Therefore Buhari’s anti-corruption drive must go beyond anger, emotions and personal moral example. This is because there is nothing psychological or genetic about corruption. It is a social and political illness that can only be fought by institutions and the masses of the people when they are correctly led by President who is a member of the ruling class he is fighting and who is ready to commit proper class suicide and return to the side of the people in a concrete sense and not in an emotional and moralising sense as President Buhari is doing.

The anti-corruption crusade has to be a mass crusade in which mass institutions – political, legal, governmental – are strengthened. And as a political leader, Buhari must recognise that this task must start from his party, the APC. He must lead the party, strengthen it as an instrument to fight corruption because his political party or that of any President is always part of the first line of action and defence – alongside the masses – when the streets get hot, and when the battle against corruption is in full gear and the indicted corrupt ones fight back. We saw that in the election of the leadership of the Eighth National Assembly. This is why those who fail to understand the need for APC politicians’ so-called “leaders” in the House and Senate to respect party decisions in the elections into the Senate and House need to do a re-think.

This is because we cannot rely on the “goodwill” of individuals in an important issue of good governance such as the anti-corruption policy and crusade. We can only appeal to the mass of the people and the agenda of institutions. And political parties in a liberal democracy are part of those institutions needed for this purpose.

The point is that good governance, which an anti-corruption crusade is about, rests on masses of the people and on institutions that are then driven by personal moral examples. The starting point is for Mr. President to strengthen the platform that brought him to power and turn it into a fighting organ that will energise other relevant institutions – including the executive, parliament, judiciary, police and anti-corruption agencies, etc. in the fight against corruption.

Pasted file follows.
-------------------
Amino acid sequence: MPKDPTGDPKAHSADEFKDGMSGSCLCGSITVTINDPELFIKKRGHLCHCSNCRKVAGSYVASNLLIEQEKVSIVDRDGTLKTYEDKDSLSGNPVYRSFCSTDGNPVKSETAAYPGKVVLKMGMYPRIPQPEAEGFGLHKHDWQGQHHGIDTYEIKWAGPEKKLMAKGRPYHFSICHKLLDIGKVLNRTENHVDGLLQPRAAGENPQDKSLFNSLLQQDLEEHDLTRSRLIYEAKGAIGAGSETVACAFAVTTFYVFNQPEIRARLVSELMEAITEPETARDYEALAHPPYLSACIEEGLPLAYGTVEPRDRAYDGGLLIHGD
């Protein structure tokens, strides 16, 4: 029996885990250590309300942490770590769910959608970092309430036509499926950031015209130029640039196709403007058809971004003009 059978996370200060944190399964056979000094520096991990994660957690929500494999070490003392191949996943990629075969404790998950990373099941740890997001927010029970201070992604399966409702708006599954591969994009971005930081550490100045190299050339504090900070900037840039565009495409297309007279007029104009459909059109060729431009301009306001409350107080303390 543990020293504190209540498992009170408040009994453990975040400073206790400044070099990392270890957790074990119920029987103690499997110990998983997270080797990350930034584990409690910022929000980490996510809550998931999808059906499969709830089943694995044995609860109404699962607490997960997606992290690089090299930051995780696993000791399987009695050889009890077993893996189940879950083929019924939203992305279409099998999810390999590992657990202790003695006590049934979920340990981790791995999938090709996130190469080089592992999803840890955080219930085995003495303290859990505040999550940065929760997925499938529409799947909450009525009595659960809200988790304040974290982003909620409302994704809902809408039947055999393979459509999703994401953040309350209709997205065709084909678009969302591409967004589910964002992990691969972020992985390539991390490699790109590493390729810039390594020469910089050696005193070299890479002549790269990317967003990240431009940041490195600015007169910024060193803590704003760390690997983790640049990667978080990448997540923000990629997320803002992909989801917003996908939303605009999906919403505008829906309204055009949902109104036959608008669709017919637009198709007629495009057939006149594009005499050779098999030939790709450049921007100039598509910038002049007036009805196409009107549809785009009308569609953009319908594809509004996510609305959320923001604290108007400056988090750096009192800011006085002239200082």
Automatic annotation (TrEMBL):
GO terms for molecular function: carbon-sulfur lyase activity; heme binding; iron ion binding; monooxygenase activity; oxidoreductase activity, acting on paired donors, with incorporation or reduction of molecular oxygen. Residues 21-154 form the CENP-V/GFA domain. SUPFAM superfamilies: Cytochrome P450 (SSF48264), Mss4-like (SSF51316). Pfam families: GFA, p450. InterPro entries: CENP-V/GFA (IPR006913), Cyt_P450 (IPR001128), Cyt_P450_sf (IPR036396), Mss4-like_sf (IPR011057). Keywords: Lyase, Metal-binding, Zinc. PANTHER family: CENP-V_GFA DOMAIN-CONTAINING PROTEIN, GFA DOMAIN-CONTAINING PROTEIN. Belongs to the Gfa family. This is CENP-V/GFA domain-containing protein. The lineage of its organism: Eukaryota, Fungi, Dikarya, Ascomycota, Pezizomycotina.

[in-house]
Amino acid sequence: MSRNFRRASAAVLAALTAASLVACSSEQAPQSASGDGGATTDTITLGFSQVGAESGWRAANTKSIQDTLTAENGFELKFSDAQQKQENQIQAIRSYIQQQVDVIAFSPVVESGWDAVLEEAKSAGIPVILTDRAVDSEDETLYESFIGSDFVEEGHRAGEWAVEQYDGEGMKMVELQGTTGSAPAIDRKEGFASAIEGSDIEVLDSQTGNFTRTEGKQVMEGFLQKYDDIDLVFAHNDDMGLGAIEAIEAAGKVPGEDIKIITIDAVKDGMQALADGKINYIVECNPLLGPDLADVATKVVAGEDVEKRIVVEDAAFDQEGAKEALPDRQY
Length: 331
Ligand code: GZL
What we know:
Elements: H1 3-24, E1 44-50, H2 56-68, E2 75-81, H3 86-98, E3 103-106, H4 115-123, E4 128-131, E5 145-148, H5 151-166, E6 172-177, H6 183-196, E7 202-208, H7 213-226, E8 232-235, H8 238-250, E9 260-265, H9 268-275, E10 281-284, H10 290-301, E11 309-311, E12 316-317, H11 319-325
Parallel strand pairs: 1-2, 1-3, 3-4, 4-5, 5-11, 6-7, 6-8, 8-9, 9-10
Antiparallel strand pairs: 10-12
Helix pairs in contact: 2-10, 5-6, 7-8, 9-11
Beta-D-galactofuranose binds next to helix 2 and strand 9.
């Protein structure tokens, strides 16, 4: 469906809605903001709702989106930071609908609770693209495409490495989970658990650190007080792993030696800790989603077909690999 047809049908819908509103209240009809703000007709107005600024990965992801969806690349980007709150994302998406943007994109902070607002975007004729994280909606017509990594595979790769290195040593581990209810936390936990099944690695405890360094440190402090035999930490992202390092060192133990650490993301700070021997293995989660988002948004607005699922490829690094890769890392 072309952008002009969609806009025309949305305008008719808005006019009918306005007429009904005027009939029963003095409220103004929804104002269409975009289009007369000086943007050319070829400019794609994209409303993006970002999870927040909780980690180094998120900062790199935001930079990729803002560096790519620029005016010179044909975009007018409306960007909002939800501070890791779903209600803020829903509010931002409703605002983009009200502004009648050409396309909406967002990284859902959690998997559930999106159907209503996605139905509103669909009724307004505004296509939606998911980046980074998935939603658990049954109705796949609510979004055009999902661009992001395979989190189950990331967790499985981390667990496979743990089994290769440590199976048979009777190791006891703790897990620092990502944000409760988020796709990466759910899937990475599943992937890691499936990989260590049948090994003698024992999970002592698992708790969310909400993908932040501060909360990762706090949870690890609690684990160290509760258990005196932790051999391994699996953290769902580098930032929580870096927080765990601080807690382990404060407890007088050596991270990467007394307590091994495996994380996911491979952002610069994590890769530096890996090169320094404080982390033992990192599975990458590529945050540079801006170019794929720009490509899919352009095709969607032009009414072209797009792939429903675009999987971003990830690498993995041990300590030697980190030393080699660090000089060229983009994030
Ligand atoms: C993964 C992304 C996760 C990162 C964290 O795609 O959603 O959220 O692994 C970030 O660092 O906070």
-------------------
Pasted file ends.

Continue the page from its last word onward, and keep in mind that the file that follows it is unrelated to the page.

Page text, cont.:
Mr. President’s personal anger and personal moral example alone will not do the job, for when corruption fights back it is only the people and the institutions – starting with Mr. President’s party – as an immediate institution from where he came – that will resist this successfully, not Mr. President’s anger and personal moral example, which are necessary but not sufficient to engender good governance and put an end to corruption.

So the question is: Is President Buhari ready to go beyond personal moral example and commit proper class suicide and lead a ruthless fight against Nigerian corruption? Time will tell how far President Buhari can and will go in confronting his own class, and their members in a holistic manner in the fight against corruption.

Adeolu Ademoyo, [email protected], Africana Studies and Research Center, Cornell University, Ithaca, NY.